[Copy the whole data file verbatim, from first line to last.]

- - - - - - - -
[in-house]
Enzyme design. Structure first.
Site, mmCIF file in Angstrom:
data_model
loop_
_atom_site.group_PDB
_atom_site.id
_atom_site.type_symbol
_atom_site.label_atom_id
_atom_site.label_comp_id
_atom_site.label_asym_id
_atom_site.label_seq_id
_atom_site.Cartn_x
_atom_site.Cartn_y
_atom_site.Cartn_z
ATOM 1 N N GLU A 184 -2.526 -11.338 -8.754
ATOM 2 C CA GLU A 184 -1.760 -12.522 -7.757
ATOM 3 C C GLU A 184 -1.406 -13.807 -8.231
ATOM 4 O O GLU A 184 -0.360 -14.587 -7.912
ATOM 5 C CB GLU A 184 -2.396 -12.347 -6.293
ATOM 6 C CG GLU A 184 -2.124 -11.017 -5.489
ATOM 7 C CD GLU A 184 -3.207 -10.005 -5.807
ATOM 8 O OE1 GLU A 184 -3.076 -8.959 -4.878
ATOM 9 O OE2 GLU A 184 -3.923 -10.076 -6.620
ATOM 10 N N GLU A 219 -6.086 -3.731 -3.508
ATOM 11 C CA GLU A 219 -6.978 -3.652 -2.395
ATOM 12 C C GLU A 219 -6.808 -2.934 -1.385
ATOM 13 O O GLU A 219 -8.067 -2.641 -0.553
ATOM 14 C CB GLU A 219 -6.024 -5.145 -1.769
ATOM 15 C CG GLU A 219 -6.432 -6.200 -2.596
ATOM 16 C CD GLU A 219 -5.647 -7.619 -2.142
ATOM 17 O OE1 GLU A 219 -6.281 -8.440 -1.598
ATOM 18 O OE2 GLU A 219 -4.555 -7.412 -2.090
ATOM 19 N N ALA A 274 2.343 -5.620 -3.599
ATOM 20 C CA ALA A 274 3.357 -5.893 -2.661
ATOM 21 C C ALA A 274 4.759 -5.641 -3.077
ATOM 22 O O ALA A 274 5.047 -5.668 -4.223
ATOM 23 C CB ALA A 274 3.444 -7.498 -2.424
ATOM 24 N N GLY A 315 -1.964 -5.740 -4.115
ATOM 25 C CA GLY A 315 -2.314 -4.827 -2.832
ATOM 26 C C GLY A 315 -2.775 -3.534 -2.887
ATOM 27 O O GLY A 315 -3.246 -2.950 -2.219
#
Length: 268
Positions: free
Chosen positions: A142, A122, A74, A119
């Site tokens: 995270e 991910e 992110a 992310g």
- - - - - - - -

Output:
[in-house]
Enzyme design. Structure first.
Site, mmCIF file in Angstrom:
data_model
loop_
_atom_site.group_PDB
_atom_site.id
_atom_site.type_symbol
_atom_site.label_atom_id
_atom_site.label_comp_id
_atom_site.label_asym_id
_atom_site.label_seq_id
_atom_site.Cartn_x
_atom_site.Cartn_y
_atom_site.Cartn_z
ATOM 1 N N GLU A 184 -2.526 -11.338 -8.754
ATOM 2 C CA GLU A 184 -1.760 -12.522 -7.757
ATOM 3 C C GLU A 184 -1.406 -13.807 -8.231
ATOM 4 O O GLU A 184 -0.360 -14.587 -7.912
ATOM 5 C CB GLU A 184 -2.396 -12.347 -6.293
ATOM 6 C CG GLU A 184 -2.124 -11.017 -5.489
ATOM 7 C CD GLU A 184 -3.207 -10.005 -5.807
ATOM 8 O OE1 GLU A 184 -3.076 -8.959 -4.878
ATOM 9 O OE2 GLU A 184 -3.923 -10.076 -6.620
ATOM 10 N N GLU A 219 -6.086 -3.731 -3.508
ATOM 11 C CA GLU A 219 -6.978 -3.652 -2.395
ATOM 12 C C GLU A 219 -6.808 -2.934 -1.385
ATOM 13 O O GLU A 219 -8.067 -2.641 -0.553
ATOM 14 C CB GLU A 219 -6.024 -5.145 -1.769
ATOM 15 C CG GLU A 219 -6.432 -6.200 -2.596
ATOM 16 C CD GLU A 219 -5.647 -7.619 -2.142
ATOM 17 O OE1 GLU A 219 -6.281 -8.440 -1.598
ATOM 18 O OE2 GLU A 219 -4.555 -7.412 -2.090
ATOM 19 N N ALA A 274 2.343 -5.620 -3.599
ATOM 20 C CA ALA A 274 3.357 -5.893 -2.661
ATOM 21 C C ALA A 274 4.759 -5.641 -3.077
ATOM 22 O O ALA A 274 5.047 -5.668 -4.223
ATOM 23 C CB ALA A 274 3.444 -7.498 -2.424
ATOM 24 N N GLY A 315 -1.964 -5.740 -4.115
ATOM 25 C CA GLY A 315 -2.314 -4.827 -2.832
ATOM 26 C C GLY A 315 -2.775 -3.534 -2.887
ATOM 27 O O GLY A 315 -3.246 -2.950 -2.219
#
Length: 268
Positions: free
Chosen positions: A142, A122, A74, A119
């Site tokens: 995270e 991910e 992110a 992310g």